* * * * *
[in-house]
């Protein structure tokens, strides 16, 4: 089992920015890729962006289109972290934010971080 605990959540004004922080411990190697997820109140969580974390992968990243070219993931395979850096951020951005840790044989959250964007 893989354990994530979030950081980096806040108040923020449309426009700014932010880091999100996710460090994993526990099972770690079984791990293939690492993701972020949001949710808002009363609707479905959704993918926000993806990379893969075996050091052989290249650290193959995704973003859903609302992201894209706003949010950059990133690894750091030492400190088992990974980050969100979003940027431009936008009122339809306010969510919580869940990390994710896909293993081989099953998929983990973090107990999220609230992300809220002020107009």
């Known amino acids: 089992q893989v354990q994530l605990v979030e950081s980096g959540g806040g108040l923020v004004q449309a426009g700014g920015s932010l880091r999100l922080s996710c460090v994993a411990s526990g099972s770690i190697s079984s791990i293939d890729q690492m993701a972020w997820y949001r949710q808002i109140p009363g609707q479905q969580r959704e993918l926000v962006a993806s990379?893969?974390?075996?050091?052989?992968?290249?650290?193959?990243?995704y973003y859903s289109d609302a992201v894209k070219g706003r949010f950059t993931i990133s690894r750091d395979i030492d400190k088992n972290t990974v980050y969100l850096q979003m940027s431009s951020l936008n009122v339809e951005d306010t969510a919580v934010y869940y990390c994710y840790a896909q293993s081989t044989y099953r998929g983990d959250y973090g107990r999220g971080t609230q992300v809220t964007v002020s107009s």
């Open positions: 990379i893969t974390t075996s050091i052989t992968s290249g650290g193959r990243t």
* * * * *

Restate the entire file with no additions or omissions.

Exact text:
[in-house]
């Protein structure tokens, strides 16, 4: 089992920015890729962006289109972290934010971080 605990959540004004922080411990190697997820109140969580974390992968990243070219993931395979850096951020951005840790044989959250964007 893989354990994530979030950081980096806040108040923020449309426009700014932010880091999100996710460090994993526990099972770690079984791990293939690492993701972020949001949710808002009363609707479905959704993918926000993806990379893969075996050091052989290249650290193959995704973003859903609302992201894209706003949010950059990133690894750091030492400190088992990974980050969100979003940027431009936008009122339809306010969510919580869940990390994710896909293993081989099953998929983990973090107990999220609230992300809220002020107009």
């Known amino acids: 089992q893989v354990q994530l605990v979030e950081s980096g959540g806040g108040l923020v004004q449309a426009g700014g920015s932010l880091r999100l922080s996710c460090v994993a411990s526990g099972s770690i190697s079984s791990i293939d890729q690492m993701a972020w997820y949001r949710q808002i109140p009363g609707q479905q969580r959704e993918l926000v962006a993806s990379?893969?974390?075996?050091?052989?992968?290249?650290?193959?990243?995704y973003y859903s289109d609302a992201v894209k070219g706003r949010f950059t993931i990133s690894r750091d395979i030492d400190k088992n972290t990974v980050y969100l850096q979003m940027s431009s951020l936008n009122v339809e951005d306010t969510a919580v934010y869940y990390c994710y840790a896909q293993s081989t044989y099953r998929g983990d959250y973090g107990r999220g971080t609230q992300v809220t964007v002020s107009s």
């Open positions: 990379i893969t974390t075996s050091i052989t992968s290249g650290g193959r990243t």